A more sustainable material to reinforce concrete structures
A more sustainable material to reinforce concrete structures of all types from building foundations to high rise towers.
The next generation of ultra high-performance fiber-reinforced concrete (UHPFRC) has just been created at EPFL. The new material will be used to strengthen and to extend the life span of bridges and other structures—both new and old. What’s more, the process of manufacturing this material releases 60–70 percent less CO2 than the previous generation of fiber-reinforced concrete.
The construction industry accounts for around 40 percent of global CO2 emissions, much of which can be attributed to the manufacture of concrete. And countries like Switzerland, where concrete structures have flourished since the 1960s, now face the task of maintaining these structures to ensure they remain safe far into the future. This is a daunting challenge with both environmental and technical considerations.
EPFL’s Structural Maintenance and Safety Laboratory (MCS), headed by Eugen Brühwiler, has built up cutting-edge expertise in this field over the past 25 years. The MCS specializes in two areas: developing more ecofriendly concrete, and carrying out increasingly sophisticated, largely monitoring-based, assessments of existing structures, such as road and rail bridges in Switzerland and around the world.
For his Ph.D. thesis, MCS researcher Amir Hajiesmaeili sought to develop the next generation of ultra high-performance fiber-reinforced concrete (UHPFRC). His aim was to develop a material that retains the mechanical properties found in today’s concrete, but without the steel fibers. The UHPFRC that Hajiesmaeili came up with is 10 percent lighter than other fiber-reinforced concrete, and its environmental impact is 60–70 percent lower. This new material is so effective that the first tech transfer will take place in 2020, when it will be used to reinforce a bridge.
Hajiesmaeili likes food and knows his way around a kitchen. After completing a Master’s degree in civil engineering at the University of Tehran, he came to EPFL to do his Ph.D. as part of the Swiss National Science Foundation’s NRP “Energy Turnaround” (NRP 70) project. He spent nearly four years “cooking” at EPFL. Each week he would prepare various combinations of powders in a scientific way, according to a novel comprehensive packing model that they developed in MCS and stir them up in a mixer. He would then run his samples through various strength and tensile tests and refine his calculations. His aim was to produce a new UHPFRC that is just as strong as the one currently used in the construction industry but that produces less CO2.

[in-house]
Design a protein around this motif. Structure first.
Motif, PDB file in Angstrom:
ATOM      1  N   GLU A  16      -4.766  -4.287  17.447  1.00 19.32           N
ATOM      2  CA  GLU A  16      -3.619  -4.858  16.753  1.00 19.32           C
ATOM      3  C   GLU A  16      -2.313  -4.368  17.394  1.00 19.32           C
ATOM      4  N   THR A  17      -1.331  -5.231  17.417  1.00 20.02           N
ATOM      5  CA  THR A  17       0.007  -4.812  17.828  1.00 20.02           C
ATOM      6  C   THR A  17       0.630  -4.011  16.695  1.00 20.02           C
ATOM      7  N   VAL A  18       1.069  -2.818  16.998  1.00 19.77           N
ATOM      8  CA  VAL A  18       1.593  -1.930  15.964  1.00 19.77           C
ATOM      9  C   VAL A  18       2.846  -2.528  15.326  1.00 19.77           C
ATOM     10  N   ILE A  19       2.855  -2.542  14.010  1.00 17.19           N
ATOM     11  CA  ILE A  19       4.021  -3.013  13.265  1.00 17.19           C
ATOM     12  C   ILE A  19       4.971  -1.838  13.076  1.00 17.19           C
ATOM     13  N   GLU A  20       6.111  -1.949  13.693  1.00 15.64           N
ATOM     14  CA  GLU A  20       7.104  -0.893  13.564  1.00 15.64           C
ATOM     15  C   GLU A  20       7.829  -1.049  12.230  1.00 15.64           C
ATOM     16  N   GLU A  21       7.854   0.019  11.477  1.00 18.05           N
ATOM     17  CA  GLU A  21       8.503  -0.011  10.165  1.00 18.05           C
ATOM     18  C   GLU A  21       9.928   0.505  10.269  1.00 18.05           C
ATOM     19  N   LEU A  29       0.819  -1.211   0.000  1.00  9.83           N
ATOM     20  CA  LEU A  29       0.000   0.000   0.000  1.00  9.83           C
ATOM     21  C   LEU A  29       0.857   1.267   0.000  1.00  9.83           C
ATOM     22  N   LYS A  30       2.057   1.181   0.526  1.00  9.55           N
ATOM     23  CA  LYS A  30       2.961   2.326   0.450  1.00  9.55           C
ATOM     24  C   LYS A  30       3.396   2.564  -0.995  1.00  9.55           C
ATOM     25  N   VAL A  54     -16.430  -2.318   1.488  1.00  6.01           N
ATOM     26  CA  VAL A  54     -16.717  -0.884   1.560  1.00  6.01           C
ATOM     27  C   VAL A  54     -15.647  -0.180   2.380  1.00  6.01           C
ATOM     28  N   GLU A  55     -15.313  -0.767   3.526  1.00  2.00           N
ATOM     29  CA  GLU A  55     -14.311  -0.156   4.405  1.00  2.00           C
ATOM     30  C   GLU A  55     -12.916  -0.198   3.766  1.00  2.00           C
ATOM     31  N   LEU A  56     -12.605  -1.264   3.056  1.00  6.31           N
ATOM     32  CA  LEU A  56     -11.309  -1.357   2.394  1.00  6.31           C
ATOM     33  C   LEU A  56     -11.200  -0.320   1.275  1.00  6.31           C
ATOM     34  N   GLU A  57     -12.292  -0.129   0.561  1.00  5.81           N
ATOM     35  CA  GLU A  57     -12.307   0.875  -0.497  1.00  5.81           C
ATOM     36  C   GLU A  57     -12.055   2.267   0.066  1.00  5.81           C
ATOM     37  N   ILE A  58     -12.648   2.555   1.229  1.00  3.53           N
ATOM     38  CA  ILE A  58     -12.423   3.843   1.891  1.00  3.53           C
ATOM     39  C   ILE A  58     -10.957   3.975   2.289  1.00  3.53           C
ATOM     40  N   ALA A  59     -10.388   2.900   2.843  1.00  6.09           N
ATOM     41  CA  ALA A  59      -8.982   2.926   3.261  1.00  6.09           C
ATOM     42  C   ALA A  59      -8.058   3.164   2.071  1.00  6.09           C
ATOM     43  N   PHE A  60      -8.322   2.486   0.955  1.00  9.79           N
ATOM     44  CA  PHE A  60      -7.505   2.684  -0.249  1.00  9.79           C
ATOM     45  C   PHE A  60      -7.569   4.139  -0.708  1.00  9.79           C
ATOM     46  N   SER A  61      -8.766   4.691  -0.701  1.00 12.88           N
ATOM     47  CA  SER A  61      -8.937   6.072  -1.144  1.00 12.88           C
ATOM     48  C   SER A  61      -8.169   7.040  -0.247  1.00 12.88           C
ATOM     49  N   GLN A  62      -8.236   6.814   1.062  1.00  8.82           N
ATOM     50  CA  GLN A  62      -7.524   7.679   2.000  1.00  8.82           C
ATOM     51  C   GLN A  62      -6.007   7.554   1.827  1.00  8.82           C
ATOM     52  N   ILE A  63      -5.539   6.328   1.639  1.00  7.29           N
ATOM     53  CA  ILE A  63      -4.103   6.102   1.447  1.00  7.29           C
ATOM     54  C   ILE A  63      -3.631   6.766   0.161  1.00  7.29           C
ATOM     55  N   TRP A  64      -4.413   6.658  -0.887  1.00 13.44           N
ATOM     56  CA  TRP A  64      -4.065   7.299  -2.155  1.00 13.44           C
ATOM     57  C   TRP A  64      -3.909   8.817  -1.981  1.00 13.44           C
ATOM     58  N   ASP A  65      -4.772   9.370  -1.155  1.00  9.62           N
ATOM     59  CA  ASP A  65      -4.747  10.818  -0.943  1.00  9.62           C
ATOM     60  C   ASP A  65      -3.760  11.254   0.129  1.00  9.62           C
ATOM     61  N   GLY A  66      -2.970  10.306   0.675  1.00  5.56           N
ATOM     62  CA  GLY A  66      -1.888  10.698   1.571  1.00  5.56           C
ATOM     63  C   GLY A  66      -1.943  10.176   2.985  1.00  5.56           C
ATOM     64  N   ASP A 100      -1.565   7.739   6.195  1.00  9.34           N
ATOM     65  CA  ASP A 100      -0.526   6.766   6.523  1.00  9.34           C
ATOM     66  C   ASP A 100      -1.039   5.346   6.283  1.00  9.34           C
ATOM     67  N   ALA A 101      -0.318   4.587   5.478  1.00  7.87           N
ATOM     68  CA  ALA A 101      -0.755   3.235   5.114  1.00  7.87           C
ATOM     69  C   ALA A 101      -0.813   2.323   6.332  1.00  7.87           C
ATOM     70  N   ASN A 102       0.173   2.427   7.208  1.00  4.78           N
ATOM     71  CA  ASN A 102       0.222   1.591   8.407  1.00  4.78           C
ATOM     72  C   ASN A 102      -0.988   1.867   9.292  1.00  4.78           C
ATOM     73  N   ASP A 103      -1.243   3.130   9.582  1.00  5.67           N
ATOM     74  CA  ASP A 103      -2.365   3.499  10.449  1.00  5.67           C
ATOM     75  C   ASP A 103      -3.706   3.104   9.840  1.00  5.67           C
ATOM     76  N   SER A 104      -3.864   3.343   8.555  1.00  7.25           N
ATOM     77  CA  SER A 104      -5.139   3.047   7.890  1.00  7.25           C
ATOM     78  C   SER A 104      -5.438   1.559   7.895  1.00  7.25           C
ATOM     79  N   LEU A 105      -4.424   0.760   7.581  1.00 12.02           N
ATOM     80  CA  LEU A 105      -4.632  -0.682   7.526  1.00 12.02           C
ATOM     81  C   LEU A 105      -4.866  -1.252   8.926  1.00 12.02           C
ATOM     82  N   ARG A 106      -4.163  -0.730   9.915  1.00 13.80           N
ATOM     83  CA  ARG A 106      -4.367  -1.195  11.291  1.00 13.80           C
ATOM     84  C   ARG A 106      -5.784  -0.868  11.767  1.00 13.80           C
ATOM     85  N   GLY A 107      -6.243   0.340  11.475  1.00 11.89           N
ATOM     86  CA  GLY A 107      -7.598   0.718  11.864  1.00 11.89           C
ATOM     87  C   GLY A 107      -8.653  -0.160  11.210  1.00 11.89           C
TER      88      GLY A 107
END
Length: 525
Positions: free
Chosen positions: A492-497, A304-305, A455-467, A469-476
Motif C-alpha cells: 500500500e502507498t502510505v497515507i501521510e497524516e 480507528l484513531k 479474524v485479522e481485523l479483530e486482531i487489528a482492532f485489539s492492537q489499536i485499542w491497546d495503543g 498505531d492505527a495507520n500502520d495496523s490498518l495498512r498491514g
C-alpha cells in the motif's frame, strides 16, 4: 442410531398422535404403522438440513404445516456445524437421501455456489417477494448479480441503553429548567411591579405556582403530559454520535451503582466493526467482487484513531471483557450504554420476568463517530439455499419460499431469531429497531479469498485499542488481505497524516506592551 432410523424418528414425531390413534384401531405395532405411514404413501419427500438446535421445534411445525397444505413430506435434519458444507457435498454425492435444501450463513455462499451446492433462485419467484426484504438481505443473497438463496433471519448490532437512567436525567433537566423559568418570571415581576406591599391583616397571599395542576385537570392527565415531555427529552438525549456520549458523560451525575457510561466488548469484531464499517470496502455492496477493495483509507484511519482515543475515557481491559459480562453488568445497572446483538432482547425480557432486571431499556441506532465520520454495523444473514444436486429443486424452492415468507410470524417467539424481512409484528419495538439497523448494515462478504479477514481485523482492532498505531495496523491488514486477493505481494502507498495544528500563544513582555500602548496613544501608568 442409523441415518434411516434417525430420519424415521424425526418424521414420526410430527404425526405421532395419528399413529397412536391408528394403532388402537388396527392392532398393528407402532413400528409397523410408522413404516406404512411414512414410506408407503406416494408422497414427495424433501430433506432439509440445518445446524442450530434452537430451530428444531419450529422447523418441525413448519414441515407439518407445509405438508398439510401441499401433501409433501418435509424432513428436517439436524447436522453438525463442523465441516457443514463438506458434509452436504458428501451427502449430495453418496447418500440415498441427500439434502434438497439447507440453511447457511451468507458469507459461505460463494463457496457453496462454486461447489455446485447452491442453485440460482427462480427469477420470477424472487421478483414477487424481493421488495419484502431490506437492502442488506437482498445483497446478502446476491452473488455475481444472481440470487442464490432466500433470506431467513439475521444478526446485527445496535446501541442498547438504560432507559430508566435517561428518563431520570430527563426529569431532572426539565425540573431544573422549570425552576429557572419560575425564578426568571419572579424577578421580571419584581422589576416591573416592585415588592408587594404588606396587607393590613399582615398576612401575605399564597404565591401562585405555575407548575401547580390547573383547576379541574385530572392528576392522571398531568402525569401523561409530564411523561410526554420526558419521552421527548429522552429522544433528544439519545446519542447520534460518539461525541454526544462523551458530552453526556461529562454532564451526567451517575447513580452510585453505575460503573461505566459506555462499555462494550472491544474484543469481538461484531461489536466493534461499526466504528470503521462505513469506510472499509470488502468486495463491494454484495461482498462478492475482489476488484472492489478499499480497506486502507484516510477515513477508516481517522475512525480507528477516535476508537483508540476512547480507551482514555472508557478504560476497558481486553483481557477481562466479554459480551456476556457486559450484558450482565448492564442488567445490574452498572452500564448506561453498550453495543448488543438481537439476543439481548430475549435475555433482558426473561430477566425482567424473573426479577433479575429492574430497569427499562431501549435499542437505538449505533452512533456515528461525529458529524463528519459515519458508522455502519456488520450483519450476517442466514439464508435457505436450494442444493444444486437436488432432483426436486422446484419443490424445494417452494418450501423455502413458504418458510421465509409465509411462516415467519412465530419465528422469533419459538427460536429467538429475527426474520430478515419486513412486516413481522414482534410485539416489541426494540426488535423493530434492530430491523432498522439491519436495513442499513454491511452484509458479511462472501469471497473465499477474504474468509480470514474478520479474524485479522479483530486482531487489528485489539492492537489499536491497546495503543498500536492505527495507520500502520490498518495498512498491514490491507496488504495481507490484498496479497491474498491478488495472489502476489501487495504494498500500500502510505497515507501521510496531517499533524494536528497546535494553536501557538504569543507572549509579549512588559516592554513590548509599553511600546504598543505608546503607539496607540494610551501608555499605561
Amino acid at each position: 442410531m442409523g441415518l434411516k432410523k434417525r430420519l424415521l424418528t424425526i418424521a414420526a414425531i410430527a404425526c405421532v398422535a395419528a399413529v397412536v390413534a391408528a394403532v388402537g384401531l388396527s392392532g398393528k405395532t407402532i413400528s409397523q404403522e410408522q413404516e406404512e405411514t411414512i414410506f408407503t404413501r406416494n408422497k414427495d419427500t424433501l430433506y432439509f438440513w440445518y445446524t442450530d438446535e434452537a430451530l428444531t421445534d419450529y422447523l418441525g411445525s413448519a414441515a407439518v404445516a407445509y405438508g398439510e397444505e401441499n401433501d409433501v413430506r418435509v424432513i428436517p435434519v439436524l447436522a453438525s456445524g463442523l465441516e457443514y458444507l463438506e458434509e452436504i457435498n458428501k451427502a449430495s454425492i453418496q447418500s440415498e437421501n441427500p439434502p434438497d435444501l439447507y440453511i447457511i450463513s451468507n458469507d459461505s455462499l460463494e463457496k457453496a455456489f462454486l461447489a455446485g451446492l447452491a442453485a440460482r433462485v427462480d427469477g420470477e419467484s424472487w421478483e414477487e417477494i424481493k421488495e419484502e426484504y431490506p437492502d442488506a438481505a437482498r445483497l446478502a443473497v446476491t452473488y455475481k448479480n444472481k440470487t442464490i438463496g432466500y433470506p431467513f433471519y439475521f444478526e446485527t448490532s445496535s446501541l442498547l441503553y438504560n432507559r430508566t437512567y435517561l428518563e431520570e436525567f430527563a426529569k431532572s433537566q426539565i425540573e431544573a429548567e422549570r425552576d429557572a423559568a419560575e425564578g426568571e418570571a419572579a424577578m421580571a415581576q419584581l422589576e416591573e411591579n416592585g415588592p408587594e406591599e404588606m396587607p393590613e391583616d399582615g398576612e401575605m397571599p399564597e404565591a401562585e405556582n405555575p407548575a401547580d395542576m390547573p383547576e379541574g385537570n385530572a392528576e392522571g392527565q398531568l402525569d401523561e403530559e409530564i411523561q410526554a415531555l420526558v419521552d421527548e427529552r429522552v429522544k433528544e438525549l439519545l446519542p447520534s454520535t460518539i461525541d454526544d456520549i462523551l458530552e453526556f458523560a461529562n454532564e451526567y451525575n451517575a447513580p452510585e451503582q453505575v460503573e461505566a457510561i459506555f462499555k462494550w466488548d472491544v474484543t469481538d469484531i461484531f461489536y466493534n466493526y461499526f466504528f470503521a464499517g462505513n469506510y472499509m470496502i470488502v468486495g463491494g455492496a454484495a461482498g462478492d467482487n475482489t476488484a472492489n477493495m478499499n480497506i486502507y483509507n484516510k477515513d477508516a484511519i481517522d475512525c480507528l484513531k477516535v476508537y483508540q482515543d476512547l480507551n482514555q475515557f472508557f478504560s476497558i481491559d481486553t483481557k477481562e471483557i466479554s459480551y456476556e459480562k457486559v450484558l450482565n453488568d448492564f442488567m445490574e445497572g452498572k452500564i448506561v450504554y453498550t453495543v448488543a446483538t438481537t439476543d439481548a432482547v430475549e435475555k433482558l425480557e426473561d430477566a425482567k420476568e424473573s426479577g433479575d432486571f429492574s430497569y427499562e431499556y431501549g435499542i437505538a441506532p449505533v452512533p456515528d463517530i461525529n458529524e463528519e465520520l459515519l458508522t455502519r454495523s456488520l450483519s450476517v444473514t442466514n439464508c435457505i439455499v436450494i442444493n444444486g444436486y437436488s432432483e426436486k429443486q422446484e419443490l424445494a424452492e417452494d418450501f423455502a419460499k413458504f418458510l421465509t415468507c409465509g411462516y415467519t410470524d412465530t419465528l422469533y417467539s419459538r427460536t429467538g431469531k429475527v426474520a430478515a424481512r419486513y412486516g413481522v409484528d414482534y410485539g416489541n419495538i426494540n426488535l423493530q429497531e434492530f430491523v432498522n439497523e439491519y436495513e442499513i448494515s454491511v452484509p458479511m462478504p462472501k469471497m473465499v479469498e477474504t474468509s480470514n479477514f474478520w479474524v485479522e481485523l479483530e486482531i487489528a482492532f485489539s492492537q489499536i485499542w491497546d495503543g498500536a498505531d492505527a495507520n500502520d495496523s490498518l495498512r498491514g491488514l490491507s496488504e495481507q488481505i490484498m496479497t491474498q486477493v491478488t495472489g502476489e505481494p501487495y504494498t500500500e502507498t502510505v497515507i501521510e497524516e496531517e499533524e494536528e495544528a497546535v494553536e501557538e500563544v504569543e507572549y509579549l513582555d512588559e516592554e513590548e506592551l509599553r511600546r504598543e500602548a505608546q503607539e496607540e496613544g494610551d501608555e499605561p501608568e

“After three years of this trial-and-error, we finally found the right recipe—one that also meets stringent building standards,” says Hajiesmaeili. How did he do it? Instead of steel fiber, he used a very stiff synthetic polyethylene fiber that adheres well to the cement matrix. He also replaced half of the cement, a commonly used binder in concrete, with limestone, a material that is widely available around the world. “The trick was to find a material that’s very strong and produces the right consistency.”
For the past 15 years, first-generation UHPFRC has been used to reinforce bridges to make them more sustainable, thanks to a technology developed in Switzerland and exported abroad. Its carbon footprint is already lower than that of conventional reinforced concrete. “With this material, we can add value to age-old structures by ensuring they will last for a long, long time,” says Brühwiler, whose lab has already overseen the structural reinforcement of more than 100 bridges and buildings in Switzerland. “This solution is also much more financially and environmentally sound than razing and rebuilding existing structures like bridges and historical monuments.”
In Brühwiler’s experience, technology transfer in the construction industry is only effective when three criteria are met: people at every step of the construction chain—from construction managers to workers—are well-trained (as is the case in Switzerland); there is a building code; and there are both financial and individual incentives for stakeholders to change their habits.
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